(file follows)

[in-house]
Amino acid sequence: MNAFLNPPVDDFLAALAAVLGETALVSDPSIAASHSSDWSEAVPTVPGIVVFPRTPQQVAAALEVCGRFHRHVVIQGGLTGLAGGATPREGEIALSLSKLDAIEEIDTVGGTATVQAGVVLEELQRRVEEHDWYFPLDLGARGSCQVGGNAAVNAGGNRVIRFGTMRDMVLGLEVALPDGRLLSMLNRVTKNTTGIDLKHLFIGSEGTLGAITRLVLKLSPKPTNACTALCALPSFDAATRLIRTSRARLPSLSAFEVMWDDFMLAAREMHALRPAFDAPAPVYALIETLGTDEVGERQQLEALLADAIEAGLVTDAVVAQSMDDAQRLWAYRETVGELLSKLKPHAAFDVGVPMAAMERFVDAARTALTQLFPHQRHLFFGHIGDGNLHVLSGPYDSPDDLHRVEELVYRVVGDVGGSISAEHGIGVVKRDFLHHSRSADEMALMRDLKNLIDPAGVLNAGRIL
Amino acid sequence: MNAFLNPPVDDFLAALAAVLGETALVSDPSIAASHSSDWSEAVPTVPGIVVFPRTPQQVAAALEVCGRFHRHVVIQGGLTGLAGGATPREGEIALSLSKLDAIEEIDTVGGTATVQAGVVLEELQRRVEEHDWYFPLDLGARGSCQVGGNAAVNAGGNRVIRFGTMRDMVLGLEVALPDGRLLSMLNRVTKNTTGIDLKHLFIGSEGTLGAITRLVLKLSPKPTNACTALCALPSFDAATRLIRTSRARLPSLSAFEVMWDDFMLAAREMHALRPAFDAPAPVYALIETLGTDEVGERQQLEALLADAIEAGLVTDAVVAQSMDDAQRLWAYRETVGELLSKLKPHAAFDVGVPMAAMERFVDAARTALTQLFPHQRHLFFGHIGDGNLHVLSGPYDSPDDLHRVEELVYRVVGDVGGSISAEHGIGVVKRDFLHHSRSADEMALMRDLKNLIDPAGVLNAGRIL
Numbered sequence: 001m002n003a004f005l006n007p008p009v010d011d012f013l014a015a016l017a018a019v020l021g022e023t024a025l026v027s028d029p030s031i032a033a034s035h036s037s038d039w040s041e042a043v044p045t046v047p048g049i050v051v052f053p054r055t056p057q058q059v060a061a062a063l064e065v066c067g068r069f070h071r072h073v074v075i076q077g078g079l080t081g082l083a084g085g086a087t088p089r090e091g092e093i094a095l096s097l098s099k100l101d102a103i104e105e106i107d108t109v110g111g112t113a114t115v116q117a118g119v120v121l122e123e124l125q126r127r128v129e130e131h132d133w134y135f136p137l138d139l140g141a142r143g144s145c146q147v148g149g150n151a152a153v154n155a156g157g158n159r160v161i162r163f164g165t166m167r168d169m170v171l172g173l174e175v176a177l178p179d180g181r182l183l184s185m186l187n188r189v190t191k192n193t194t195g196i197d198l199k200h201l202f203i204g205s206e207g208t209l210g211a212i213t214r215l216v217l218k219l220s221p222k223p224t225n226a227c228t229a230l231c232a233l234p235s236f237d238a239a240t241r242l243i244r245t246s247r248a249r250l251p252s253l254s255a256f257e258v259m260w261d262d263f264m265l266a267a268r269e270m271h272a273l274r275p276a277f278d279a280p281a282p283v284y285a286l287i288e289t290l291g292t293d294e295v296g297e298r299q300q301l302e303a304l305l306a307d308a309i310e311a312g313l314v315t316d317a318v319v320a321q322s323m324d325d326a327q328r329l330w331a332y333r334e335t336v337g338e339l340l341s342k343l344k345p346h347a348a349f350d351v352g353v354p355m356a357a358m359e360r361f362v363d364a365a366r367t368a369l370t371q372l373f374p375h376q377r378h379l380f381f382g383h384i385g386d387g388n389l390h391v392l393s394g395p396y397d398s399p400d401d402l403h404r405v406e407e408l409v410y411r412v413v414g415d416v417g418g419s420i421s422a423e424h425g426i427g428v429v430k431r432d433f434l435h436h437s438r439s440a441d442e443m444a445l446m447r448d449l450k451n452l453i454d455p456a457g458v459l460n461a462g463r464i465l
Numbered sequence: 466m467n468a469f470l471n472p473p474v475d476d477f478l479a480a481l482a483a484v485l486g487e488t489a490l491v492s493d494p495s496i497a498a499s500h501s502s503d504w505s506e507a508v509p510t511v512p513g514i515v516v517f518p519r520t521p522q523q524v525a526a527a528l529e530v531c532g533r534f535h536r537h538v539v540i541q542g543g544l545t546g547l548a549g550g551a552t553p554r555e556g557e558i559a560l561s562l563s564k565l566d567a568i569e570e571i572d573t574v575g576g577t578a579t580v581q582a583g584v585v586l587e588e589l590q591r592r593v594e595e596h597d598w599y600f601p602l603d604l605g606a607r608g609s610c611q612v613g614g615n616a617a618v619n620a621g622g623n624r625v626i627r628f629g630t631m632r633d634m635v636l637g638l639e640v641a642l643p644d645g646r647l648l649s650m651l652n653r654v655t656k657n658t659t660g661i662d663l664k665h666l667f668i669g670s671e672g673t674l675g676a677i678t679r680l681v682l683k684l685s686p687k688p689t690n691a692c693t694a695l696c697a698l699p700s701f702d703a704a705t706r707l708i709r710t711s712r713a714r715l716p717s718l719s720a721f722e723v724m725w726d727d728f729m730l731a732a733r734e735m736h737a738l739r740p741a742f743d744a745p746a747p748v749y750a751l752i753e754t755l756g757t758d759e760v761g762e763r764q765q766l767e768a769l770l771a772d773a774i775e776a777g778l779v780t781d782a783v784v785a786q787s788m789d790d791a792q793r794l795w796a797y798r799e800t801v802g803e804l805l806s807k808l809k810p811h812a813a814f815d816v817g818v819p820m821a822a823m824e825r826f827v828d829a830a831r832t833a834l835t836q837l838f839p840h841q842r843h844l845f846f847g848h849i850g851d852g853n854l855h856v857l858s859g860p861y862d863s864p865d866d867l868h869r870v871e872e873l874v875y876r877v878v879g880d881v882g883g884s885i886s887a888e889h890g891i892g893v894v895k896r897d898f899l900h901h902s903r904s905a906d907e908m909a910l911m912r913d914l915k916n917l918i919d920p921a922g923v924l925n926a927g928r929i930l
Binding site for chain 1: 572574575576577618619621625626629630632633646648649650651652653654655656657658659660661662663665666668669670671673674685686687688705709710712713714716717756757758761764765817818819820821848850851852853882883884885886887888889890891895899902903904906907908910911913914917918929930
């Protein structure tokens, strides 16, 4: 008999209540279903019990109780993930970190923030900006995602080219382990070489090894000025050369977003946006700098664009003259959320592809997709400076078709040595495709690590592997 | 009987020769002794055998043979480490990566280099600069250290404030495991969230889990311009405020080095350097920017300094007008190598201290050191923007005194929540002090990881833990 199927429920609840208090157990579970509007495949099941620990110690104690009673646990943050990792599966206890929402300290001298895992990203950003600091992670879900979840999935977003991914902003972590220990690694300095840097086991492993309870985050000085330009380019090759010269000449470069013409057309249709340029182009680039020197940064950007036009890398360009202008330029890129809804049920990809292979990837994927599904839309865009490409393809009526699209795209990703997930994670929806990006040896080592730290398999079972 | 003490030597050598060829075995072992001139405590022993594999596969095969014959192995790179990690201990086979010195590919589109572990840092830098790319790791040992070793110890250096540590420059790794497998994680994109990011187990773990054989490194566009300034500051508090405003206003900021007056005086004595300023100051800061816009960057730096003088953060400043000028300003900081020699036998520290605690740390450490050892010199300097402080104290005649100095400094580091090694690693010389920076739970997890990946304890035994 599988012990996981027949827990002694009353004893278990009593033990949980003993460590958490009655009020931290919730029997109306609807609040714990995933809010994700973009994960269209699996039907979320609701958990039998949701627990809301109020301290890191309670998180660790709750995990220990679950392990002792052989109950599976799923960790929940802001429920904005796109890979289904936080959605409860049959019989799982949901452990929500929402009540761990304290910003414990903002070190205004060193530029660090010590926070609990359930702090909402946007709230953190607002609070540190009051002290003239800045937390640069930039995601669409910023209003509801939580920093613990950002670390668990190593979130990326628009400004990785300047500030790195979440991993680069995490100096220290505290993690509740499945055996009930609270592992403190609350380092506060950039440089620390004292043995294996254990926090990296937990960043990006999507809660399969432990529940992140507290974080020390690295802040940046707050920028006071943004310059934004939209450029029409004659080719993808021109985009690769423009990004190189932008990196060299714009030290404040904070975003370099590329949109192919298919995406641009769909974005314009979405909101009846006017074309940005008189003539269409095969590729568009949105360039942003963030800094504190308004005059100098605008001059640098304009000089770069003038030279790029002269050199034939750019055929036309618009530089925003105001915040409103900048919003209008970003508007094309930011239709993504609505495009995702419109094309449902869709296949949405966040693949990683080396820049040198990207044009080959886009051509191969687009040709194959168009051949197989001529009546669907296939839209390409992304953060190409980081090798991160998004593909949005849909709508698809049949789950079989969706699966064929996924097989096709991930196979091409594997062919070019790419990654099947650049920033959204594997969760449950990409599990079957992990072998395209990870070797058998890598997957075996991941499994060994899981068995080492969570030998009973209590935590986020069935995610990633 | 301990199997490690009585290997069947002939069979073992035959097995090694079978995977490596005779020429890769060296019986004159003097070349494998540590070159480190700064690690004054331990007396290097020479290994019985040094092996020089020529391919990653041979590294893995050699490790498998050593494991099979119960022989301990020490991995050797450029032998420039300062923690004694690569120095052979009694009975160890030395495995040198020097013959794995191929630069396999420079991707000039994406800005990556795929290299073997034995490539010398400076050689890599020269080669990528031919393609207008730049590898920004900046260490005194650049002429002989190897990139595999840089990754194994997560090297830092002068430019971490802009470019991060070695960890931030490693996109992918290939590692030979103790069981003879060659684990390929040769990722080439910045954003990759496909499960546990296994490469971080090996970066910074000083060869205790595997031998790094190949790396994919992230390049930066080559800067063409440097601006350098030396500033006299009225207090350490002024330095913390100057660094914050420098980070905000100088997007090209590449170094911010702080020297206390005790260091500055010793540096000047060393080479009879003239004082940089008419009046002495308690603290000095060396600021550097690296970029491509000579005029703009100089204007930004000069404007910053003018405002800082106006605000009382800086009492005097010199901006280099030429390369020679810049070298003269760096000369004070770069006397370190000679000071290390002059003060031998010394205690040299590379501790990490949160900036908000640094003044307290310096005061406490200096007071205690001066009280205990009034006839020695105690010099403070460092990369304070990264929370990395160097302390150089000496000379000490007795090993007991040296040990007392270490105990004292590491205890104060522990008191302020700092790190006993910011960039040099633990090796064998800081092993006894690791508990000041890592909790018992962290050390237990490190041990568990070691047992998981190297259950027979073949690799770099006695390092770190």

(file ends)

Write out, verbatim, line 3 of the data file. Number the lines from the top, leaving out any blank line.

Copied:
Amino acid sequence: MNAFLNPPVDDFLAALAAVLGETALVSDPSIAASHSSDWSEAVPTVPGIVVFPRTPQQVAAALEVCGRFHRHVVIQGGLTGLAGGATPREGEIALSLSKLDAIEEIDTVGGTATVQAGVVLEELQRRVEEHDWYFPLDLGARGSCQVGGNAAVNAGGNRVIRFGTMRDMVLGLEVALPDGRLLSMLNRVTKNTTGIDLKHLFIGSEGTLGAITRLVLKLSPKPTNACTALCALPSFDAATRLIRTSRARLPSLSAFEVMWDDFMLAAREMHALRPAFDAPAPVYALIETLGTDEVGERQQLEALLADAIEAGLVTDAVVAQSMDDAQRLWAYRETVGELLSKLKPHAAFDVGVPMAAMERFVDAARTALTQLFPHQRHLFFGHIGDGNLHVLSGPYDSPDDLHRVEELVYRVVGDVGGSISAEHGIGVVKRDFLHHSRSADEMALMRDLKNLIDPAGVLNAGRIL